The Berliner gramophone is one of the foremost examples of the earliest talking machines produced. Berliner was the first company in the world to produce disc records commercially and this was the machine on which to play them.
Emile Berliner patented his invention in 1887 (patent 372786 for a Gramophone using a non-wax disc photo-engraved with a lateral-cut groove). In 1888 Berliner demonstrated an improved gramophone at the Franklin Institute using a flat seven inch disk with lateral-cut grooves on one side only (manually rotated at 30 rpm with two minute capacity).
Edison had first recorded a human voice on his experimental tinfoil cylinder recorder in 1877 and was continuing experiments with wax cylinders at this time, however he and other recording pioneers were unable to mass-produce copies of their machines.
Berliner originally manufactured the gramophone as a toy in Germany in 1889. It was first manufactured commercially in Washington in 1893 with great success, the following year Berliner made and sold 1000 machines and 25000 records (7-inch hard rubber discs). After that the gramophone was manufactured in Philadelphia. In 1896 Fred Gaisberg discovered that shellac was an improvement upon the hard rubber records - the museum acquired this machine with four such records. This Berliner gramophone was manufactured in Philadelphia and dates from about 1896.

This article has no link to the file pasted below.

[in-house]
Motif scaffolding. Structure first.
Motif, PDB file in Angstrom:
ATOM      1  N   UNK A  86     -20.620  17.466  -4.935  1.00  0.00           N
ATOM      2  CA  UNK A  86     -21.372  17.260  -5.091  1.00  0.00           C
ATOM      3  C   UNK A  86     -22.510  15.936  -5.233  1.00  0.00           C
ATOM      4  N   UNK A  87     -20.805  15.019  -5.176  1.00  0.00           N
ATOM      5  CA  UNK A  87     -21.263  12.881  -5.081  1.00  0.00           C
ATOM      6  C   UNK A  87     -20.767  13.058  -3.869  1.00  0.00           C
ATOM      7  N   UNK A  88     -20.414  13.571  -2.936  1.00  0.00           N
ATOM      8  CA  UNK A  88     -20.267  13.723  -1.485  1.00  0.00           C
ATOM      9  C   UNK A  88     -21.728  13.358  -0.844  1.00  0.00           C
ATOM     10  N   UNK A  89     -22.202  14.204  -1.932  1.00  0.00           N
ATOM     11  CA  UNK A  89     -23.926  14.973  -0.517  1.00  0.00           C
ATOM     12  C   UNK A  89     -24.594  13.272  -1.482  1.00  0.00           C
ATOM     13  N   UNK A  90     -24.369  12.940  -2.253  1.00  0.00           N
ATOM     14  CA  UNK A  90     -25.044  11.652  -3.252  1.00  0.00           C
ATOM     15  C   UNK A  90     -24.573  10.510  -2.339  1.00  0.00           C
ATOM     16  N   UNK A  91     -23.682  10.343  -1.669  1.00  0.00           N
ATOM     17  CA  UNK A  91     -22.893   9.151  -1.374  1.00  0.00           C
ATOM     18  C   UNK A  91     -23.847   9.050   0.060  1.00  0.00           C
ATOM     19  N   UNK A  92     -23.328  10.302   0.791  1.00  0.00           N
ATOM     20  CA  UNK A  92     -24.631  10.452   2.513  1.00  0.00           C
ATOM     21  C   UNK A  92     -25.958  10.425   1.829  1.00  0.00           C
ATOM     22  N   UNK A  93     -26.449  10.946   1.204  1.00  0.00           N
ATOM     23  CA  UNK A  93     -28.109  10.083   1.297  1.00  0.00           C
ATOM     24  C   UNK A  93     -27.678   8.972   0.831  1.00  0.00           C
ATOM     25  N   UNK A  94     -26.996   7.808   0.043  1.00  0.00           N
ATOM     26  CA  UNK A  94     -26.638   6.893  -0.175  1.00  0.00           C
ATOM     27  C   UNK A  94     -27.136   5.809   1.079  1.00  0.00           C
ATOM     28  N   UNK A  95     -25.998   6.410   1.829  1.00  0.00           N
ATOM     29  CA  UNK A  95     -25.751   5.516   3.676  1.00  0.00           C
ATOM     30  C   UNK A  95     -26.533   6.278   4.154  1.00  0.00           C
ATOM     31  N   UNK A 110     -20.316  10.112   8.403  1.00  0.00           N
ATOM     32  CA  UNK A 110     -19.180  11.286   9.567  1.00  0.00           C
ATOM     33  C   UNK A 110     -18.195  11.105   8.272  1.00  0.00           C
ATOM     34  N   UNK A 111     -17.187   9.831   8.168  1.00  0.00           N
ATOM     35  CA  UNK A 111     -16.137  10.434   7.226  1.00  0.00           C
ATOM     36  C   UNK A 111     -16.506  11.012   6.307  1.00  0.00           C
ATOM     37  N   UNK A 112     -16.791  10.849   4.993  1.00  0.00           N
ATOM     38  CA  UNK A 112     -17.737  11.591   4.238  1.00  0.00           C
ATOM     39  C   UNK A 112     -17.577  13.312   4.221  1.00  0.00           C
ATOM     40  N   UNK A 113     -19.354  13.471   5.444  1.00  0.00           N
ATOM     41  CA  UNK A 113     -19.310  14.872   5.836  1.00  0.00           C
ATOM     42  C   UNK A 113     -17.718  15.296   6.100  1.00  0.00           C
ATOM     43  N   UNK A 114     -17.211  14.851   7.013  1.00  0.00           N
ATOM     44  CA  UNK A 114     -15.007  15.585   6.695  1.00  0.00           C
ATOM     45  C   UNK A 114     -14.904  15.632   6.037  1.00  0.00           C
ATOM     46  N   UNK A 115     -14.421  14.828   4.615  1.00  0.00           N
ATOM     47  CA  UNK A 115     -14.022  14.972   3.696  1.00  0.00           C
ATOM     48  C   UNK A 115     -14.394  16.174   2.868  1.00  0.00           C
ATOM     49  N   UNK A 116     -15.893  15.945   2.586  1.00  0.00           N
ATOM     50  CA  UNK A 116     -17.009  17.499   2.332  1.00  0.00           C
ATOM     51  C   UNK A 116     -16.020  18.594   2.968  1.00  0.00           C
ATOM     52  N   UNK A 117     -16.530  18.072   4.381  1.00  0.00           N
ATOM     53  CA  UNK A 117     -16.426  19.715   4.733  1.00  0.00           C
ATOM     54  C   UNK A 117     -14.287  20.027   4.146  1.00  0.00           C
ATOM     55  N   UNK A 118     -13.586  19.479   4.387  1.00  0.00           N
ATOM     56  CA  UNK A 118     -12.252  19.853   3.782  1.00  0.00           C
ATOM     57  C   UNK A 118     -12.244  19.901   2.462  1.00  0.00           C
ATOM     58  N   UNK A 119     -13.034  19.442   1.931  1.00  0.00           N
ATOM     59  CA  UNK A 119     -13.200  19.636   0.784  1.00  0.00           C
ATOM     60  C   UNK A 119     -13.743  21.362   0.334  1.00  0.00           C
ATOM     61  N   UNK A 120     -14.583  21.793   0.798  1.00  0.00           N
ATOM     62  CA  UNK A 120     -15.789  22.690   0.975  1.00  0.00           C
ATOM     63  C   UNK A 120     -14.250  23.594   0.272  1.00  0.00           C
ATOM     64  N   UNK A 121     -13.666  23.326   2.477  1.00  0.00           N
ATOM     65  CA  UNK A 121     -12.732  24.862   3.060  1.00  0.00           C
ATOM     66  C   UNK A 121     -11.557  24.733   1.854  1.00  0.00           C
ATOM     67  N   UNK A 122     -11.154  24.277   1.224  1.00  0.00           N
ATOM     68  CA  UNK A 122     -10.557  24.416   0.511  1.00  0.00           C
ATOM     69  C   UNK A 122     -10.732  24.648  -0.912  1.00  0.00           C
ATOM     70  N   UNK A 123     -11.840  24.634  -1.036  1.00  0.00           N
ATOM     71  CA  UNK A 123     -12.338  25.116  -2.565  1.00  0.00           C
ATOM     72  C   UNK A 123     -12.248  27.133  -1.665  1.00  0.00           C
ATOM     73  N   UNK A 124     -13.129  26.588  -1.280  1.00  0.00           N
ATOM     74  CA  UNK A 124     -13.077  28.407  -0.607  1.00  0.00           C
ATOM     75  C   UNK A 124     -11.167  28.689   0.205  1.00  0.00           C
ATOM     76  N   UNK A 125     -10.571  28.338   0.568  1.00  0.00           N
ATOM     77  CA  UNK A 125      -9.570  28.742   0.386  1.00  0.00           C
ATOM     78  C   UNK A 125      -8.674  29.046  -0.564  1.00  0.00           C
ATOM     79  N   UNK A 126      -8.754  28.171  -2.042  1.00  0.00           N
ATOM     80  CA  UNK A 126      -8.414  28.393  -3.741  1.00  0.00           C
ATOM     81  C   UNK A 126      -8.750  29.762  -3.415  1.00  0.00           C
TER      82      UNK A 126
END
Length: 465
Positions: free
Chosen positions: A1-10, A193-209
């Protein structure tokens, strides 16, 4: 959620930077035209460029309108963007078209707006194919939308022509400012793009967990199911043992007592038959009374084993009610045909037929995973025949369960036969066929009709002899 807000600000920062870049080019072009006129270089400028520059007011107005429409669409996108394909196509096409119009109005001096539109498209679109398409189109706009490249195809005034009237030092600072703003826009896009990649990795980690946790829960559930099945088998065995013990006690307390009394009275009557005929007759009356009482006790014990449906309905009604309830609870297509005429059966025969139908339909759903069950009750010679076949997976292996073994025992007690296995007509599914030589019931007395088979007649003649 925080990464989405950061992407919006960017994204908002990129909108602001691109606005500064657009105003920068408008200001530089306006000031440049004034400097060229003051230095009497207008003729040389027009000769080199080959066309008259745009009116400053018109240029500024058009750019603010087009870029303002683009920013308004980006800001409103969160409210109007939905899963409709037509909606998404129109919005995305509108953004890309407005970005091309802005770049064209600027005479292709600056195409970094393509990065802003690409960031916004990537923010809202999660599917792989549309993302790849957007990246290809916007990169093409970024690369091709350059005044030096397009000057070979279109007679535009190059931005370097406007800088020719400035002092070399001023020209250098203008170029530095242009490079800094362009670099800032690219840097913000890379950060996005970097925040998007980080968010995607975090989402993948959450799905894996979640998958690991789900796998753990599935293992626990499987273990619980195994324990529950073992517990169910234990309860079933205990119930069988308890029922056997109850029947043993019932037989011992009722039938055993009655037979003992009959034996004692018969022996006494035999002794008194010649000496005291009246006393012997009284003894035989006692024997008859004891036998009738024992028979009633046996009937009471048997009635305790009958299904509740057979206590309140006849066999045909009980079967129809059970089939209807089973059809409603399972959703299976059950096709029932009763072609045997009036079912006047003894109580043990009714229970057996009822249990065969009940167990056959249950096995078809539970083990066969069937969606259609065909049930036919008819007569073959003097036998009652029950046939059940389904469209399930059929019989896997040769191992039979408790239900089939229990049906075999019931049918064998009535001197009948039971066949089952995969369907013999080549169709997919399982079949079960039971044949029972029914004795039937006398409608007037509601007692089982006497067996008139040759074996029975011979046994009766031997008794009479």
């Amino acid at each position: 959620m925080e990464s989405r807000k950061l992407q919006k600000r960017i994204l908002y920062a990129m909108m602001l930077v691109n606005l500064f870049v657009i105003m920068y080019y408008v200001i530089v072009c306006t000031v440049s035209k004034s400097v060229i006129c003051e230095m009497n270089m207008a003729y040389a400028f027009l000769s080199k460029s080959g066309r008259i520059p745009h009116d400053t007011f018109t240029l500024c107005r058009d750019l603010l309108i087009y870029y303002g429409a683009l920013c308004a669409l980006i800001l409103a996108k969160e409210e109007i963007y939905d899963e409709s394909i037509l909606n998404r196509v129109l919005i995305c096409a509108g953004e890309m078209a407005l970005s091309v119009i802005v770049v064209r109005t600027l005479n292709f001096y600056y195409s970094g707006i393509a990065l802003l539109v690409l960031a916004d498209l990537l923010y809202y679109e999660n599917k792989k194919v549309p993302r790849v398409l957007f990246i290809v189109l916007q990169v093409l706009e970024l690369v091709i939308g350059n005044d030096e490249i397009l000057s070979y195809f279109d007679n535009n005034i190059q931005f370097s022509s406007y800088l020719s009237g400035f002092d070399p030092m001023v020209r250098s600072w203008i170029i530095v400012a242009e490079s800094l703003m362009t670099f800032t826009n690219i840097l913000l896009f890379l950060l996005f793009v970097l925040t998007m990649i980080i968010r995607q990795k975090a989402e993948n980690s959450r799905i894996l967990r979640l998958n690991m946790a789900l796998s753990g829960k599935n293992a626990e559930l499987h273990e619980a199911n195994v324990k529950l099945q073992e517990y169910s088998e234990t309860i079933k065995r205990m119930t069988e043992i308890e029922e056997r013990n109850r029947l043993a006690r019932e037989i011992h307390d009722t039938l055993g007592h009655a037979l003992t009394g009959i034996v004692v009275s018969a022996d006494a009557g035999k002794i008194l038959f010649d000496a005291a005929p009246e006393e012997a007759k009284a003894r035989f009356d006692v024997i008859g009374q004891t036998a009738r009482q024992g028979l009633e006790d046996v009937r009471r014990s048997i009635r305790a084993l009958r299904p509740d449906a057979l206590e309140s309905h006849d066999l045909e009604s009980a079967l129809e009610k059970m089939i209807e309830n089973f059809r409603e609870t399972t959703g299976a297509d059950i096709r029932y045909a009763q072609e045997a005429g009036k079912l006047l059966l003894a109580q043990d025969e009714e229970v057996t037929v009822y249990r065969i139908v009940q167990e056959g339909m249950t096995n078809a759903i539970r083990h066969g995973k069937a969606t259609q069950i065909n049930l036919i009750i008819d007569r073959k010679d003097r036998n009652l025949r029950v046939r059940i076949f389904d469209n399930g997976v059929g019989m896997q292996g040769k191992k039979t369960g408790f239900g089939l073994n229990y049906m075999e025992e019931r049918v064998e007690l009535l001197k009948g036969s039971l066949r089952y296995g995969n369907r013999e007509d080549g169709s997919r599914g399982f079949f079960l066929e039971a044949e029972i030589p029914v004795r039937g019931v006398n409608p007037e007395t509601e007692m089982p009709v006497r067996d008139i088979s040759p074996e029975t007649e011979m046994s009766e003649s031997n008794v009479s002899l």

Emile Berliner also developed the carbon microphone transmitter that varied the contact pressure between two terminals as a voice acted on it. Berliner, then only 25, sold his patent to the young Bell Telephone Company for $50,000.
The early history of this particular machine is not known. It entered the phonograph collection of Mr Warren Trexler in about 1958 where it remained until the early 1980s. The Berliner, auctioned in March 1984, was purchased by Mr Mark S. Kaplan, a dealer who operated a company in New York called Musique. The machine made its way to a private Australian collection and was donated to the Powerhouse museum by that collector in 1994.